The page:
Human immunodeficiency virus and hepatitis B virus seroprevalence in an urban trauma population

J Trauma. 1995 May;38(5):736-41. doi: 10.1097/00005373-199505000-00010.


Objective: To determine the seroprevalence of the human immunodeficiency virus (HIV) and the hepatitis B virus (HBV) in patients of an urban level I trauma center.

Design: Prospective, blinded point prevalence study of serum HIV and HBV antibody and antigen.

Setting: An urban level I trauma center that participates in a trauma system serving three million people.

Patients: The study included 994 (94.8%) of 1049 consecutive trauma service patients treated between June 6, 1988 and September 22, 1988. The patients were 82.2% male and 73.1% black, with a mean age of 28.8 +/- 12.3 years. Blunt trauma was seen in 65.4% of patients, 5.2% were in shock, and 96.2% survived their trauma.

Main outcome measures: HIV and HBV seroprevalence, using both antibody and antigen testing.

Results: HIV infection was seen in 43 patients (4.3%); 41 (95.3%) were HIV Ab+ and two (4.7%) were HIV Ab-/HIV Ag+. Infection with the HBsAg was seen in 31 patients (3.1%). Infection with either virus was seen in 70 patients (7%); four patients (0.4%) were infectious for both viruses. Infection was related to age 20 to 49 years, i.v. drug use, a hepatitis or sexually transmitted disease history, prior HIV testing, shock, and death (p < 0.05). Penetrating trauma was not predictive of infection. In a logistic regression model, IV drug use was the single significant predictor of infection (p < 0.05).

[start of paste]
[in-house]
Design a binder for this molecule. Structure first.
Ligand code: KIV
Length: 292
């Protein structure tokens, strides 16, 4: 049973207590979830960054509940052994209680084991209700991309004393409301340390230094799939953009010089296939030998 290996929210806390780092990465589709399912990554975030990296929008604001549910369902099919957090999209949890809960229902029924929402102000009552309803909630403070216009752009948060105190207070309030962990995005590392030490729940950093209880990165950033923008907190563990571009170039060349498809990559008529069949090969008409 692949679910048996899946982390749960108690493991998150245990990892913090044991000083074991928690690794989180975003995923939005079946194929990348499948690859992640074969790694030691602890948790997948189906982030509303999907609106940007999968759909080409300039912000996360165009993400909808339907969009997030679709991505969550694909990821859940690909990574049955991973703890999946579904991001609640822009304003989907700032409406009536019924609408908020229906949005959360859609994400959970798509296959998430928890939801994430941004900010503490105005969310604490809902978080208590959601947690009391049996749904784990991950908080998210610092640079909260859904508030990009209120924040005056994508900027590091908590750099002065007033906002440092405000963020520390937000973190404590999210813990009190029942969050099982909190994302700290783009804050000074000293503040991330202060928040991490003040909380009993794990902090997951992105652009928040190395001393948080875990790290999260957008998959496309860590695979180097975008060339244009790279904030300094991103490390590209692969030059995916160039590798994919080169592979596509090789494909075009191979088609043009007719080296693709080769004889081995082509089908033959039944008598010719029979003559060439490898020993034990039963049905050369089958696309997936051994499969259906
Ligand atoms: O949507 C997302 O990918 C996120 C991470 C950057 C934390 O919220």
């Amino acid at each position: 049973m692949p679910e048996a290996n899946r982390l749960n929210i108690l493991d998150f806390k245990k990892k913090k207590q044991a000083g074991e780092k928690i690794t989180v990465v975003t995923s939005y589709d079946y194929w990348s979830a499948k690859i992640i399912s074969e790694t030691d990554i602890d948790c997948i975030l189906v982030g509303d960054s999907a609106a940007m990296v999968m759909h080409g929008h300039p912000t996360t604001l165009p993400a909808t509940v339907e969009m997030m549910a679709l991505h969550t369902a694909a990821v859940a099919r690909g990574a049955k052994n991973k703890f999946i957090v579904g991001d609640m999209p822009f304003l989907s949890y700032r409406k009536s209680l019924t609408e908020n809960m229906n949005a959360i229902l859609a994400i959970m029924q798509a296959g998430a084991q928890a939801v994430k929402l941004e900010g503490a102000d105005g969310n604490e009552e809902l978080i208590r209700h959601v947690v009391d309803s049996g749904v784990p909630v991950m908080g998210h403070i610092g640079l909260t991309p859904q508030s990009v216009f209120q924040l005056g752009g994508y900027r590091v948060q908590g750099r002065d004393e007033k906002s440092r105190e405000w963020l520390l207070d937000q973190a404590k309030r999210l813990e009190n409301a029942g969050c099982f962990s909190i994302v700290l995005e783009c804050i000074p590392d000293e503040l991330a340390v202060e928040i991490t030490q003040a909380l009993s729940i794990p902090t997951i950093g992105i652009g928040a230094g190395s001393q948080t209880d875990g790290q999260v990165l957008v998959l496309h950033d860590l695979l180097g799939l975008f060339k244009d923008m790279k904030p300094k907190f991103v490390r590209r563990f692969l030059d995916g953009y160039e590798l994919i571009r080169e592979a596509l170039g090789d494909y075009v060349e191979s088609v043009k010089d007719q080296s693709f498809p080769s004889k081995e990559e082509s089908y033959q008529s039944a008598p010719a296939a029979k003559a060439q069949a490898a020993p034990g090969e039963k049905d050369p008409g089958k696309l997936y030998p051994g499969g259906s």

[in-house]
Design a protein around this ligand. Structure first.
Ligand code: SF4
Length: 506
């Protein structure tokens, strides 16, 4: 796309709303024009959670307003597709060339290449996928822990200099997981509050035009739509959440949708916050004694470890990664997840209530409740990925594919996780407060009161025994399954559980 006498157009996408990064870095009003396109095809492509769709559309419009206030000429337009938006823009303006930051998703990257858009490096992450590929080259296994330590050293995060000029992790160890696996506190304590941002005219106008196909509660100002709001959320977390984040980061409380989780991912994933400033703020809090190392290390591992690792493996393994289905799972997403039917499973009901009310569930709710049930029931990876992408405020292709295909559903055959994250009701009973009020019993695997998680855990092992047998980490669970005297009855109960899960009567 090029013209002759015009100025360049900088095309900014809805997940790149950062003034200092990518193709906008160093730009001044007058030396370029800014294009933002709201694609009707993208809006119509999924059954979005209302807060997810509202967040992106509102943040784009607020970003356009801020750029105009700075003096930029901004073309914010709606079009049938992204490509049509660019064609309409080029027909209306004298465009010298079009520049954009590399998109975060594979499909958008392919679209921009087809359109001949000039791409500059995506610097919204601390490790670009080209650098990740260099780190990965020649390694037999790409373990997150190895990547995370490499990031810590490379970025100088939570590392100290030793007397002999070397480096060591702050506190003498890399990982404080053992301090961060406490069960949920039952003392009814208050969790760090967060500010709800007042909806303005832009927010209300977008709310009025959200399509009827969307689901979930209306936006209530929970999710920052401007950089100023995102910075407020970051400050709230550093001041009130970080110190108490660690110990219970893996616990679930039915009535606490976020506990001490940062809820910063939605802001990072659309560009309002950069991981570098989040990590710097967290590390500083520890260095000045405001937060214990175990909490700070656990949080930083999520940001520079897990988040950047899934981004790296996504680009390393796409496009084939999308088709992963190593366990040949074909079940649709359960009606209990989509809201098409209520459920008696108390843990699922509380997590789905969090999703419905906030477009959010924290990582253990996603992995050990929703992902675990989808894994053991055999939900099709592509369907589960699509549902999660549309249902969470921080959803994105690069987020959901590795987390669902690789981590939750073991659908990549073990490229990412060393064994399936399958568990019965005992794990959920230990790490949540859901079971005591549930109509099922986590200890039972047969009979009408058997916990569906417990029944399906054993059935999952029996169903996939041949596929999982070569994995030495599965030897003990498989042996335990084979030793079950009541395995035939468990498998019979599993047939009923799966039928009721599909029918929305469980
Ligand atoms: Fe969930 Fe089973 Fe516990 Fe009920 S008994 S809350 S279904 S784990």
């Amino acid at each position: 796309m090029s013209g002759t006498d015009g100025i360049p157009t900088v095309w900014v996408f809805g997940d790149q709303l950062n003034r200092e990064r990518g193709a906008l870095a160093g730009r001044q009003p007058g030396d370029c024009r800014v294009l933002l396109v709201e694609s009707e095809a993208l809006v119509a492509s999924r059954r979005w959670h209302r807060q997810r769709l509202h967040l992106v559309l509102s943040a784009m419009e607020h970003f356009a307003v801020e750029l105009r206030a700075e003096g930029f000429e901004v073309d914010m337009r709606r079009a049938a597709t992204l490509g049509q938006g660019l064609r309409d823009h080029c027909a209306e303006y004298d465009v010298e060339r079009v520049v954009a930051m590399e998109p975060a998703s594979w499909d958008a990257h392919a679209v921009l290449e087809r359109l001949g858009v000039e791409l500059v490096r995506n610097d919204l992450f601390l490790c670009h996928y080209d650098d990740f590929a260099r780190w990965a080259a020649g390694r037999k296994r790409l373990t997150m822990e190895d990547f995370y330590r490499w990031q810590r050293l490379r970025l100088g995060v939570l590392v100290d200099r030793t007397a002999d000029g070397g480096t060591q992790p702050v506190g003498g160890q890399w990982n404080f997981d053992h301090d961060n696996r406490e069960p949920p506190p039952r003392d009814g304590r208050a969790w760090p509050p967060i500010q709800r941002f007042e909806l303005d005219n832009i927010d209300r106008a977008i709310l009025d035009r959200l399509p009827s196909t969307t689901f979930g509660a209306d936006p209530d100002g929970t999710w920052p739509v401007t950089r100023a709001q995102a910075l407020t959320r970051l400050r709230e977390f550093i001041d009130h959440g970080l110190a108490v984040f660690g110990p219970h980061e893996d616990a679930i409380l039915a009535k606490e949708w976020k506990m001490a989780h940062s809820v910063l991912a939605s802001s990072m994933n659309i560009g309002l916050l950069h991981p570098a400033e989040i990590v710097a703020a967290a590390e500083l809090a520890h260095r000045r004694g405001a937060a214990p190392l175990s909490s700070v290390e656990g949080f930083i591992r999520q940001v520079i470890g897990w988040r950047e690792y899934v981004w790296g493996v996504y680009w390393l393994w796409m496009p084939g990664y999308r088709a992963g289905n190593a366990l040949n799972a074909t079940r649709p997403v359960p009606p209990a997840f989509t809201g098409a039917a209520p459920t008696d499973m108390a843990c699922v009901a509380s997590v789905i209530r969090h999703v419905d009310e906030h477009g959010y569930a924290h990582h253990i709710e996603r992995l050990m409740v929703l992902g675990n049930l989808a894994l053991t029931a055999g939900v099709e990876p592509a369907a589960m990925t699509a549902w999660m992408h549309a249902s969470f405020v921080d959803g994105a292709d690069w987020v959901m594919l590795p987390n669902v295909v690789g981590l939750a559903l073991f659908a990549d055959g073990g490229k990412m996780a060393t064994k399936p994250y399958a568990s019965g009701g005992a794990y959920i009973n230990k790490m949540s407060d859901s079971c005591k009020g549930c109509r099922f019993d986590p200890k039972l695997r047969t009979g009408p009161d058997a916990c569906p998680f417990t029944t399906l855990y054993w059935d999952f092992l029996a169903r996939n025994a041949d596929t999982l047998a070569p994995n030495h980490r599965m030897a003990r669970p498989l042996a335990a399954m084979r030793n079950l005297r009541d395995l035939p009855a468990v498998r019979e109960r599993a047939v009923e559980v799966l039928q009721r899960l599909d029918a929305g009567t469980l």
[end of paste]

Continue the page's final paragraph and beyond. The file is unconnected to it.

Conclusions: Young urban trauma patients, because of drug-related intentional violence, are 15.3 to 17.6 times more likely to be HIV infected and 3.9 to 7.9 times more likely to be infectious for HIV or HBV than the trauma population overall. The 12 to 21% infection rates in critically injured patients who require shock resuscitation and/or die reinforces the need for mandated universal precautions and for clear policies which govern the performance of procedures by physicians in training. Primary HIV infection in critically injured patients may worsen their outcome and may adversely affect the exposed health care worker. Emergency departments and trauma units should develop a referral system to HIV primary care services (HIV counselling and testing) for high risk patients and for adversely exposed health care workers.

Publication types

  • Research Support, Non-U.S. Gov't

MeSH terms

  • AIDS Serodiagnosis
  • Adult
  • Chicago / epidemiology
  • Female
  • HIV Infections / complications
  • HIV Infections / epidemiology*
  • Hepatitis B / complications
  • Hepatitis B / epidemiology*
  • Hepatitis B Antibodies / analysis
  • Hepatitis B Surface Antigens / analysis
  • Humans
  • Male
  • Middle Aged
  • Odds Ratio
  • Risk Factors
  • Seroepidemiologic Studies
  • Trauma Centers
  • Urban Health
  • Wounds and Injuries / complications
  • Wounds and Injuries / epidemiology
  • Wounds and Injuries / virology*


  • Hepatitis B Antibodies
  • Hepatitis B Surface Antigens